Heritage and identity
There needs to be some clarification on the apparent confusion in the recent letters by Alex Sanders (Letter, Jan. 17, page 8) and Charles Hong (Letter, Jan. 21, page 8).
The letters implicitly subscribe to common, exclusive views of identity — one is either Chinese or Taiwanese. The reality is that most people will have different levels of identity. Non-aboriginal Taiwanese are a Chinese people, but they are very clearly Taiwanese as well. Hong is certainly correct to point to the Japanese experience as being crucial to the development of a distinctive Taiwanese identity, but this is in addition to a very obvious Chinese heritage on which Sanders rightly remarks.
All too often, the identity debate in Taiwan falls into this trap, with some denying Taiwanese “Chinese-ness,” while for others an independent Taiwanese state is seen as a threat in some way to their Chinese heritage.
The term Sanders points to — zhonghua minzu (中華民族) — reflects this confusion, some of it deliberate: It can refer to the Chinese nation-state, the People’s Republic of China, which does not include Taiwan, but can also in English refer to the (Han) Chinese “nation,” meaning the ethnic group, which does include (non-aboriginal) Taiwanese.
On this latter reading, one can understand President Ma Ying-jeou’s (馬英九) nationalist rhetoric and how it differs from official usage in China.
The question of multiple of levels of identity is thus which identity does one emphasize and in what sphere of life (political, cultural, social, etc). To gain legitimacy, a state will try to create a sense of nationhood — this will to a certain extent be artificial, but it will also be a product of shared cultures and histories at some level, to maintain a sense of belonging.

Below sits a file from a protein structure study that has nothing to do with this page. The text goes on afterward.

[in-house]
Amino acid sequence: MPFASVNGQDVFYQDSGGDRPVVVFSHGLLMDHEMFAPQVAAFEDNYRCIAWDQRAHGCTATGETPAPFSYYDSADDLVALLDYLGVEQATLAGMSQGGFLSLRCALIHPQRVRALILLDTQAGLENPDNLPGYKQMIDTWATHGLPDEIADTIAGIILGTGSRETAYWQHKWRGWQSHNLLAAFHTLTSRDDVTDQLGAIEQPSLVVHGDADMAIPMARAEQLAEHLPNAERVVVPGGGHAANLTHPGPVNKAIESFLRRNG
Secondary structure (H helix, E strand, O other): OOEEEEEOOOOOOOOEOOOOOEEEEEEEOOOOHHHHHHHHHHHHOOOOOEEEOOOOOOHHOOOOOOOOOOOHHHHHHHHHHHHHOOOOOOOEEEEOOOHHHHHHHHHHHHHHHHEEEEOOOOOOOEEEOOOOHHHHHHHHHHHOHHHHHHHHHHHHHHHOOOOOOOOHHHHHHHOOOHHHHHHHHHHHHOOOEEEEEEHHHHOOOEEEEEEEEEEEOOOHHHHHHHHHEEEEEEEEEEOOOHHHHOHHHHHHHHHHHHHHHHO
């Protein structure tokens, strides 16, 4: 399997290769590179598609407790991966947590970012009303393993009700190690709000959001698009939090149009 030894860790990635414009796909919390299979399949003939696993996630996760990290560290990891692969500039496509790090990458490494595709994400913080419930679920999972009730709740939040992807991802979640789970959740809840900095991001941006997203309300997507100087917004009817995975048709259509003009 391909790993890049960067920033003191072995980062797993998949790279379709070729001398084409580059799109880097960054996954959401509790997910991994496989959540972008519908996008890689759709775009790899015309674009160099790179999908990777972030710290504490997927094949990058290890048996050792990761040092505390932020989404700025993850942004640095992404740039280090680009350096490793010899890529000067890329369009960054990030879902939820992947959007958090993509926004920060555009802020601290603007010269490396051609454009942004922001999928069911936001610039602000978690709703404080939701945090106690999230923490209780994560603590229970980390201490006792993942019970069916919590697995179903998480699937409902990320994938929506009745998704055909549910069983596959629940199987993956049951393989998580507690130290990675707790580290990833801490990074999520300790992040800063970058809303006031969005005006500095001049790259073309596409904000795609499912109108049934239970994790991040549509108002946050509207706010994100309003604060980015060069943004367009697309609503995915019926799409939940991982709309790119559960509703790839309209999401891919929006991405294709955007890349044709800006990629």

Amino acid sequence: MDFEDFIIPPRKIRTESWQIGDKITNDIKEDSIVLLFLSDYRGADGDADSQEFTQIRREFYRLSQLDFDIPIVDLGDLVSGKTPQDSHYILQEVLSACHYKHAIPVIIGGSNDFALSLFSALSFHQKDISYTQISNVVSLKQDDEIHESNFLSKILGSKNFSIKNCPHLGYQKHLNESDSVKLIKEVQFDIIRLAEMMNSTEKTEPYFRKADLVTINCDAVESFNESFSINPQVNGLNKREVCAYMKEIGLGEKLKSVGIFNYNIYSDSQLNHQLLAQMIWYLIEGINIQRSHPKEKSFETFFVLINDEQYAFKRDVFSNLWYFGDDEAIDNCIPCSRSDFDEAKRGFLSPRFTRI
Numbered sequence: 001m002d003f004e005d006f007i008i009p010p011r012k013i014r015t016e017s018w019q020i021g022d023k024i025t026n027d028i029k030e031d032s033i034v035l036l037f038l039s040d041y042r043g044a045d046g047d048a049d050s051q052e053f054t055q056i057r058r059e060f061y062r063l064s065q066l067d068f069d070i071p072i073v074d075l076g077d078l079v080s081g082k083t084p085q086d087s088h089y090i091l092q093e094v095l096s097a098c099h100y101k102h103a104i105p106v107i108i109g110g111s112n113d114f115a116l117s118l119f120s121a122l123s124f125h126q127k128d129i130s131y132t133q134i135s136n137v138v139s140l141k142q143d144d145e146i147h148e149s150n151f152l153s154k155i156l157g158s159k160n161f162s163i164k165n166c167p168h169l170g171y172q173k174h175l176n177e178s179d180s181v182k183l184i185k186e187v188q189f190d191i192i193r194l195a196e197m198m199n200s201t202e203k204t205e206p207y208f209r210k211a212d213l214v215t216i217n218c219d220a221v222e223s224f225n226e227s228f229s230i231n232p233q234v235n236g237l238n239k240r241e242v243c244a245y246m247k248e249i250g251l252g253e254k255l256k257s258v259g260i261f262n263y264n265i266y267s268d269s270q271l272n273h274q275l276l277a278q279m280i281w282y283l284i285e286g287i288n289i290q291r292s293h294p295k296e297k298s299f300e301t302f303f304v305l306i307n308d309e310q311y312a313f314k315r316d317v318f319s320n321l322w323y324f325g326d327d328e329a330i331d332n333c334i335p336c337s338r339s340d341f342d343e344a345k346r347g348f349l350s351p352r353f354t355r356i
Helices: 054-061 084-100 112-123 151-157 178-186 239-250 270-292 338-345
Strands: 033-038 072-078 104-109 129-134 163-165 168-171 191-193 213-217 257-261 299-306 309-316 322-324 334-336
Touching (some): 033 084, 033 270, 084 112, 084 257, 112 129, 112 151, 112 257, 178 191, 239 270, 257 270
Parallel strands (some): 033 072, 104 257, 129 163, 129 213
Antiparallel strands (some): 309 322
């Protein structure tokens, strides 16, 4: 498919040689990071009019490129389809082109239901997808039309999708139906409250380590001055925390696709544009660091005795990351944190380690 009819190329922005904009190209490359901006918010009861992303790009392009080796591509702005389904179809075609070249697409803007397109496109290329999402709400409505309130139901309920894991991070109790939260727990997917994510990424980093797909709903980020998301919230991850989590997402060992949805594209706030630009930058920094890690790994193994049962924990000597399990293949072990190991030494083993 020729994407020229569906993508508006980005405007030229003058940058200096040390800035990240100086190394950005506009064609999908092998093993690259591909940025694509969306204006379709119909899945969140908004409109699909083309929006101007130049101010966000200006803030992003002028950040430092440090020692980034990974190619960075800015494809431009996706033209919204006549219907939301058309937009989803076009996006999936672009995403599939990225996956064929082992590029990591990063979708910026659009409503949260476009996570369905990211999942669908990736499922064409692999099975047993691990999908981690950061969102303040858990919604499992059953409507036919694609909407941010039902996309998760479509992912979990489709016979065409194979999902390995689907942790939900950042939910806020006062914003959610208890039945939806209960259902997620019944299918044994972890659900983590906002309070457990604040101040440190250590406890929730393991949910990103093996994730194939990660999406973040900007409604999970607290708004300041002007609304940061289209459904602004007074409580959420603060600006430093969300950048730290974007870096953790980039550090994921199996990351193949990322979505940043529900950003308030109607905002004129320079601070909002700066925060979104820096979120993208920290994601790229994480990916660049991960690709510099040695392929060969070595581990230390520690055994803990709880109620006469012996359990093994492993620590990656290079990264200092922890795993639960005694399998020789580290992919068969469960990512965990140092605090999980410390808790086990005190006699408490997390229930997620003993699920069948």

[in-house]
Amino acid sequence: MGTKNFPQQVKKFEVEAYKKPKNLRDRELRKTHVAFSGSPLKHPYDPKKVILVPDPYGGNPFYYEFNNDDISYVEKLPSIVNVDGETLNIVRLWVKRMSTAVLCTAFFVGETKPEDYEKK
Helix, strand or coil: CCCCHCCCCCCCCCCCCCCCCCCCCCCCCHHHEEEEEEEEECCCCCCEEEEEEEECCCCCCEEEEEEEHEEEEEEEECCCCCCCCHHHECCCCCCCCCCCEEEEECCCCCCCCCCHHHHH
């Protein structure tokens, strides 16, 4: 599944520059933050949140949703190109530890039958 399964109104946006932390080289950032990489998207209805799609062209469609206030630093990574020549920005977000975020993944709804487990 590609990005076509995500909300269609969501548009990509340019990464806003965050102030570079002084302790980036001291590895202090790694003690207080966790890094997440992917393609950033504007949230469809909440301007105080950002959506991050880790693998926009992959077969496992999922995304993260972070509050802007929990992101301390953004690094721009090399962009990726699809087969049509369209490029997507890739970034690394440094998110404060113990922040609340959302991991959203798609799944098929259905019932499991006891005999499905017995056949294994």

These fail when they cease to have this meaning. In September, the Scottish — who are also undoubtedly British by any reasonable definition — will decide by referendum whether or not to form their own national government, which essentially will best express “Scottishness” over and above the British identity embodied by the current UK state, one with which Scottish [sic] have often felt at odds.
The argument over the validity of such a move to independence has not seriously been questioned because the basis of democracy to which the UK state is committed involves precisely the self-determination of a people.
For Taiwan to become fully democratic, its people need to be able to determine its future in a similar way. All that is required in terms of identity is a collective sense of difference, of shared experience — and Sanders will not have to spend too long here to realize that most people feel there to be differences between themselves and the people who live across the Taiwan Strait.
Alternatively, Taiwanese may feel on balance that their Chinese identity is more important and that Beijing should have formal sovereignty over Taiwan, which will also effectively end the full expression of democracy.
At least, unlike in Tibet and Hong Kong, Taiwan can in theory have the debate and a referendum. Whether Taiwanese will ever choose to do so before it is too late (and about two-thirds are committed to the so-called “status quo”) is a separate question.